Your ability to get your camera to do what you want it to do is the first step. But even when you become fluent there’s still so much more that can be learned and explored. Like expanding your vocabulary.

If I am not able to believe that my best photos are to come I’ll put my cameras down. And it’s not just about the technical aspects about photography by any means. It is about the constant evolution of style, subject and technique. There IS always something new to learn and do! It is a lifelong pursuit.

Thoughts on Photography in the Digital Age

What are photos worth now? Do they have more value or less value as a sheer result of the volume? Why take photos at all? These are real questions that deserve real thought even if we are unable to come to some kind of solid answers that we can all agree on.

When I took this photo earlier this year, I was very conscious of the fact that for whatever reason, this building won’t be here forever or at least continue to look like this. Sometimes I wonder if the way that I see things now have more to do with my age or if perhaps we are really in the midst of a major change in the way the world is moving?

I don’t take photos with a thought to if they have a monetary worth or not. I shoot as a form of expression. Photos have a way of sparking memory. We look at photos about the way things used to be. Photos are always past. Are history.

1 Allen Street, New York City, May 2019

I took this photo because the colors and light on that day and at that time appealed to me. For the moment, I like this photo. I have no idea if I will continue to like this photo after shooting another 10,000 photos. Perhaps it’s not that important. Photography is an activity for me. It’s not always obvious why I take a photo or if it will become important to my work.

When we choose to shoot certain subjects, we reveal something of who we are and our tastes in things. And of course, those things are subject to change. How often do we stop and look at a photo and decide what it means to us? We see thousands of images everyday. Most of them are not by choice.

Your assignment if you choose to take it, is to stop and take a look at a photo and think about what it means to you. Let’s call it intentional viewing. Happy looking and getting lost in photos.

It’s Everywhere You Go!

Photography in its broadest definition has become important to everyone! It is such a dominant part of our culture and our lives. Creating and consuming images is constant. So how do we differentiate between the different kinds of photography? Are they all equal? Do we even understand the effect that images have on us? Visual literacy is a tricky subject. Especially when there’s barely enough time to understand it all.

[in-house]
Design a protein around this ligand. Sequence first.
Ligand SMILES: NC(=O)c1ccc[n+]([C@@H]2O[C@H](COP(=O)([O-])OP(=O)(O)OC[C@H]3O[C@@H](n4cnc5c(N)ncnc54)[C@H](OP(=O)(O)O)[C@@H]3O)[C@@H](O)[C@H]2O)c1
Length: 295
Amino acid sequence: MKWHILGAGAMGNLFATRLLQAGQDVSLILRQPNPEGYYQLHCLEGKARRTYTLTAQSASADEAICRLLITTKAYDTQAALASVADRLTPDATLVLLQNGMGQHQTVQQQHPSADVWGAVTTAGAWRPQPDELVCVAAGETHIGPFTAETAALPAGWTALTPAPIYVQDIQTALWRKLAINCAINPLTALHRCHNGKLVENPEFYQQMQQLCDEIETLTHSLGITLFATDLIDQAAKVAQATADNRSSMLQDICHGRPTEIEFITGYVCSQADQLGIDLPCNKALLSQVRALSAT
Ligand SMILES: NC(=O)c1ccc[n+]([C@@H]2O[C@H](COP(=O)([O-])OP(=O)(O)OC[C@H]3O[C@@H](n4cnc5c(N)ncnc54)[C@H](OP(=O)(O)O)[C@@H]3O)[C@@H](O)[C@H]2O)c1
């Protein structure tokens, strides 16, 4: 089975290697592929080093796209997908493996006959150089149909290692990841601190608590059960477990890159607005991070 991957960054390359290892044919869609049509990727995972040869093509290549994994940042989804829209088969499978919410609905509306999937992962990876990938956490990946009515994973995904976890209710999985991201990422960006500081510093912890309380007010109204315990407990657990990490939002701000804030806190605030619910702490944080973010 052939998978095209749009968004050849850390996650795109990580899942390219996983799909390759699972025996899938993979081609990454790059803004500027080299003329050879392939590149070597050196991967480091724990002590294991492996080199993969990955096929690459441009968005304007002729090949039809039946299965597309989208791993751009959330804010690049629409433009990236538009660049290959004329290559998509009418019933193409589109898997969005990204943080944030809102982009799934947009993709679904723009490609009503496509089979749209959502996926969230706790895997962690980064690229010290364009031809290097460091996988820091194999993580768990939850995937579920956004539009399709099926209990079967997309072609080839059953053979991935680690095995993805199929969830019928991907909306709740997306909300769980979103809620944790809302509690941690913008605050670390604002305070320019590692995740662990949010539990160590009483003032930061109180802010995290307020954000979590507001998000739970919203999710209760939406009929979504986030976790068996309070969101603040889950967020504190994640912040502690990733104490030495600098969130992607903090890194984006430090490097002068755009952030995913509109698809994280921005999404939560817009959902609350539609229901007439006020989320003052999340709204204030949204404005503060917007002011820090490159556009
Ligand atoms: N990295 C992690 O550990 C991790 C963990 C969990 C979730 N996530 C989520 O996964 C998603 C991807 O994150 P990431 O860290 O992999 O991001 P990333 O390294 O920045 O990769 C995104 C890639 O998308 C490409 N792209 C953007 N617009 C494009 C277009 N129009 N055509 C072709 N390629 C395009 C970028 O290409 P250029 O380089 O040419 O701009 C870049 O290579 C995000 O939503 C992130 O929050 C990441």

I work as a tour guide. On a regular basis I come into contact with tourists taking selfies with major attractions in New York City. It would be difficult to not witness this everywhere in the city. I wonder what the actual value is of these photos? (I will refrain from being judgmental here even if it is annoying.) They are intended as souvenirs.

One Grand Central, New York City, January 2019

The idea that you can choose to remember something by an image or an object. The strange thing is that souvenirs actually have a way of killing memories. They take on new meaning. We no longer have to remember it.

Perhaps the actual act of taking a photo is more important than the photo itself. That and the fleeting moment that it has a life on social media. We designate a moment which we have predetermined to be worthy of remembering. We have scripted our lives in doing this.

Planned vs unplanned photos. My favorite photos that I’ve taken are not planned. They couldn’t have been planned. They are decided only at the moment that they are shot. Sometimes I like them. Others I don’t. It’s always starting from scratch. Starting over with a clean slate. When it comes to street photography you can’t decide beforehand what you’ll shoot. It’s life in motion. By it’s very nature it is unplanned.

What Makes a Good Photo?

What makes a good photo? That’s always a question for me. The brain is always attracted to things that it likes. I love the color red and red is great for photography. It is often the thing that will cause me to choose to process a photo in color. But not always. There are many such things that we are attracted to. Things which make you stop and shoot. But does that make for a good photo?

I didn’t shoot Halloween last year. In part because I am possibly losing interest in photographing planned events. It’s too easy to photograph a really cool costume. I repeat, what makes a good photo? The costume isn’t enough. A pretty woman, a pet, an odd person, etc etc, they all grab the mind’s attention.

Red Tie, New York City, February 2019

But a really good photo has a number of elements that make it really good. It’s never just one thing. I think that a boring subject captured well is more interesting than a beautiful subject shot poorly. Sunsets often fall into that category. The actual sunset is often more pleasing to the eye than the photo.

How do we get to that place where we can truly judge the merits of a photo? That’s a really good question and one that I don’t think that I can honestly answer. I can say that it isn’t truly just a technical thing either. Technically precise photos lack emotion.

Many other photos are merely emotional eye candy. Somewhere in the middle is a place where technique and emotion combine to make a lasting image. If and when I finally figure out the secret formula, I’ll share it with you.

That said, art is always subjective. There is no objective method in which to judge art. So perhaps my question will not ever be truly answered!